How many of these dads have actually said to their employers, “this is the deal, I have kids and on these days I have to be there to pick them up and on these days I have to be there to drop them off”? How many have let it be known that their absence from the workplace isn’t a ‘mystery meeting’, it’s caring responsibilities? If men start normalising their caring responsibility and formalising the time they need off, we might start normalising the concept of sharing the caring. In a lot of cases we’re already doing it, but the men are just more covert about it.

It seems easy, but there’s a lot of change that has to happen for this to actually work

We need more workplace flexibility, which means we need to see employers trusting their staff more. For the record, if you don’t trust your staff to work from home, they sure aren’t going to be kicking goals for you at work either . So trust your staff, create a culture of flexibility for all, not just parents. Everyone has shit to do, so give everyone the opportunity for a bit of flexibility. Men, let it be known that you have caring obligations. Employers, trust your staff and stop thinking of flexibility in terms of mums. If we can do this, I think we might start seeing some of those startling statistics decrease.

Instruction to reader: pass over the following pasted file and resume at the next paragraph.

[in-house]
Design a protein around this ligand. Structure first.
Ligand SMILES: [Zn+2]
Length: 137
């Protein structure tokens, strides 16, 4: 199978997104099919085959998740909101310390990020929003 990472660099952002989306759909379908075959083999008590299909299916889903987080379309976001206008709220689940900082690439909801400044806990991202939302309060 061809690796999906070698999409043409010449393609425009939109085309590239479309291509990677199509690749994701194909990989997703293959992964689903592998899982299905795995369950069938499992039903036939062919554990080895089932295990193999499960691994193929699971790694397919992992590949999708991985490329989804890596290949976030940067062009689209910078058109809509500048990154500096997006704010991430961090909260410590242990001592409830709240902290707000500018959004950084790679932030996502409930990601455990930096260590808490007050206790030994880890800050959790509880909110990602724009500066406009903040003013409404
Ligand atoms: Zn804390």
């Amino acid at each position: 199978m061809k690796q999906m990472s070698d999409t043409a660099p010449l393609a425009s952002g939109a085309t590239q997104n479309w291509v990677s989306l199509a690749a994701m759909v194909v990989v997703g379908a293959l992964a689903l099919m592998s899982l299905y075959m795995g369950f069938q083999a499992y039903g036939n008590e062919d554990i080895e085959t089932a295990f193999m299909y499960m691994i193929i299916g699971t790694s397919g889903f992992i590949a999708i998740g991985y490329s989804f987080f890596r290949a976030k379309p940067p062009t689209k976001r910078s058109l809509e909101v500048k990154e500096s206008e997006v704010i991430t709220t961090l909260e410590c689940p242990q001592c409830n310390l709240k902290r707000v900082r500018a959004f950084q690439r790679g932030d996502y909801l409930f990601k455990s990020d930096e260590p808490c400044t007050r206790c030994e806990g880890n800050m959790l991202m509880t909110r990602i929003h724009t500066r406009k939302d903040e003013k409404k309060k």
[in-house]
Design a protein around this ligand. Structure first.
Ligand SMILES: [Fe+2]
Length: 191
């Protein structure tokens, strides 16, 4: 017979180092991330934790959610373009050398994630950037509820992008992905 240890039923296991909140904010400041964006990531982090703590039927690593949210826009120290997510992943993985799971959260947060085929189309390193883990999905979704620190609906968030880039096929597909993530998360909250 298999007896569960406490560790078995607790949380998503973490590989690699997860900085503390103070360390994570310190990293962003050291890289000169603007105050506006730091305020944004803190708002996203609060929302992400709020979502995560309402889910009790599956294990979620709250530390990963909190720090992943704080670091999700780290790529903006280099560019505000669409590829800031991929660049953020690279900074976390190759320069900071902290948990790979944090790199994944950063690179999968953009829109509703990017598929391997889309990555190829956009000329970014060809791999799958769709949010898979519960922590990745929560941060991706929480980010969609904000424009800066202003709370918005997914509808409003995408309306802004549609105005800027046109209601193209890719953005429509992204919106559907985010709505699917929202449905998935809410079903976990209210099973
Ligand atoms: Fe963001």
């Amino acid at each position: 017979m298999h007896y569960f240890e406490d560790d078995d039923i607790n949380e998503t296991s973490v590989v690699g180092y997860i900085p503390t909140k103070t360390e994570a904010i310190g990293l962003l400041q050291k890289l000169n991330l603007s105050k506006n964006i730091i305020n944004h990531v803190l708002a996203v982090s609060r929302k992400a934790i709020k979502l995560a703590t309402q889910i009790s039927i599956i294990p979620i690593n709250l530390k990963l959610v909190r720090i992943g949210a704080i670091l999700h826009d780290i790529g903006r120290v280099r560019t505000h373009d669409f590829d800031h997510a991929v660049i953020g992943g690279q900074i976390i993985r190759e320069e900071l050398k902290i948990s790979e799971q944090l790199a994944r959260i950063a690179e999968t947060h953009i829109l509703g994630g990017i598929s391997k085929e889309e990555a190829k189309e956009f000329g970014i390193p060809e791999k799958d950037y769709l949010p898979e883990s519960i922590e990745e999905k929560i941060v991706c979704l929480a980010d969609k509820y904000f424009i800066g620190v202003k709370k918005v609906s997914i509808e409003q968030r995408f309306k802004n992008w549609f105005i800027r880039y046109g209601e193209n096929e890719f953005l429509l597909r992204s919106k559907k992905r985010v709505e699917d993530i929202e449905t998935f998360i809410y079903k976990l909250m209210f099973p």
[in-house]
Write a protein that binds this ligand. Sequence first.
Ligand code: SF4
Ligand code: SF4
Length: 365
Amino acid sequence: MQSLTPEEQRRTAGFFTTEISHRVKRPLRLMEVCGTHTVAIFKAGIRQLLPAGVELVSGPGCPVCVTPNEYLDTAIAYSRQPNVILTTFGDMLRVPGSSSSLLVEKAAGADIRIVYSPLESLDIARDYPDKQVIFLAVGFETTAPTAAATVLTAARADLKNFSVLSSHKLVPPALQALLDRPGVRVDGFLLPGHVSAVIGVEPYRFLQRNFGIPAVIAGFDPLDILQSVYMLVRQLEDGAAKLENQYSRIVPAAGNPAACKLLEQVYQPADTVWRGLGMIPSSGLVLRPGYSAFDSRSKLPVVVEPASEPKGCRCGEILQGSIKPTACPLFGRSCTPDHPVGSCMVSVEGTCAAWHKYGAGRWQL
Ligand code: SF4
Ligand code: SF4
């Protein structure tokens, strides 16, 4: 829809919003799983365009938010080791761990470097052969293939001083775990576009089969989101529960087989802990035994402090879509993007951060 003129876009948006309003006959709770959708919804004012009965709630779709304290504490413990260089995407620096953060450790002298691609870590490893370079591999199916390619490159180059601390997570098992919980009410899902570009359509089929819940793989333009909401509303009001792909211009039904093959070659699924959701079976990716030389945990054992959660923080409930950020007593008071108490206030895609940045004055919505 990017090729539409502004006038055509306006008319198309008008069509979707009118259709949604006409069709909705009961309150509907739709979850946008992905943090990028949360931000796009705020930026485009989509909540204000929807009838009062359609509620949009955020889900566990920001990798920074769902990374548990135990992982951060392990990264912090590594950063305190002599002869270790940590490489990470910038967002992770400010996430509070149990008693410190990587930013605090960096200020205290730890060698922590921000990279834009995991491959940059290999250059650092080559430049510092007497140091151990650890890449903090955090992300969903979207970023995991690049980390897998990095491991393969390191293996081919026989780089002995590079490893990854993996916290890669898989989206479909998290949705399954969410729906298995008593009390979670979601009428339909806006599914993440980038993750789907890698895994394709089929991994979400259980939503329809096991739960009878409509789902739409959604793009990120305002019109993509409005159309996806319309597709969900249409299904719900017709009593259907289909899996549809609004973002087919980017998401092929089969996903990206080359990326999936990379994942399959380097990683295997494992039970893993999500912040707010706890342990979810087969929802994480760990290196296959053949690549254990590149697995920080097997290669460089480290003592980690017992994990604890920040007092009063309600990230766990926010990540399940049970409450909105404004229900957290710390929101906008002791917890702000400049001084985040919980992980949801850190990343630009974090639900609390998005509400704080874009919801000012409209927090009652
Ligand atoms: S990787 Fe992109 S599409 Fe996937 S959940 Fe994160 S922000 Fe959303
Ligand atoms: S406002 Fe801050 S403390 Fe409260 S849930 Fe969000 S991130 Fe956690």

Simone McLaughlin Founder and CEO of Jobs Shared created Jobs Shared to provide a solution for employers who were struggling to accommodate their senior staff requesting flexibility on their return from maternity leave. As the company has evolved, so to have her goals, Simone now works with companies to create a culture of flexibility for all.  She would like to see gender equality in the workforce, more women mentors, role models and leaders. She believes it’s about flexible careers, not just flexible jobs. When Simone isn’t working on solutions for gender equality in the workplace, she is raising her two boys, training for open water swims, and doing her best to feed her TV addiction.

AbouFemeconomy badge of approvalt Femeconomy

Women make over 85% of purchase decisions. You’re Femeconomy. We want to help you shop brands with female leaders to create gender equality. The power is in your purse.

Femeconomy approved brands have at least 30% of women on the Board of Directors or are 50% female owned. So far over 700 brands meet our criteria. Look for our badge to shop Femeconomy approved brands.

Female leaders will create gender equality. #femeconomy #shop4equality

Femeconomy enews sign up

Posted by Jade Collins - Femeconomy Director

Jade Collins has 20 years’ global experience in corporate executive Human Resources and management consulting roles in the Mining, Energy and Aerospace industries, leading large scale, complex multi-million-dollar change management programs. Jade finds the combination of her HR, Psychology and MBA qualifications and her leadership experience is invaluable for increasing gender equality in leadership across industries. Jade was a member of the Queensland Government's Strategic Advisory Group for the Toward Gender Parity: Women on Boards Initiative and the 2019 CQU Alumni of the Year for Social Impact for her work with Femeconomy.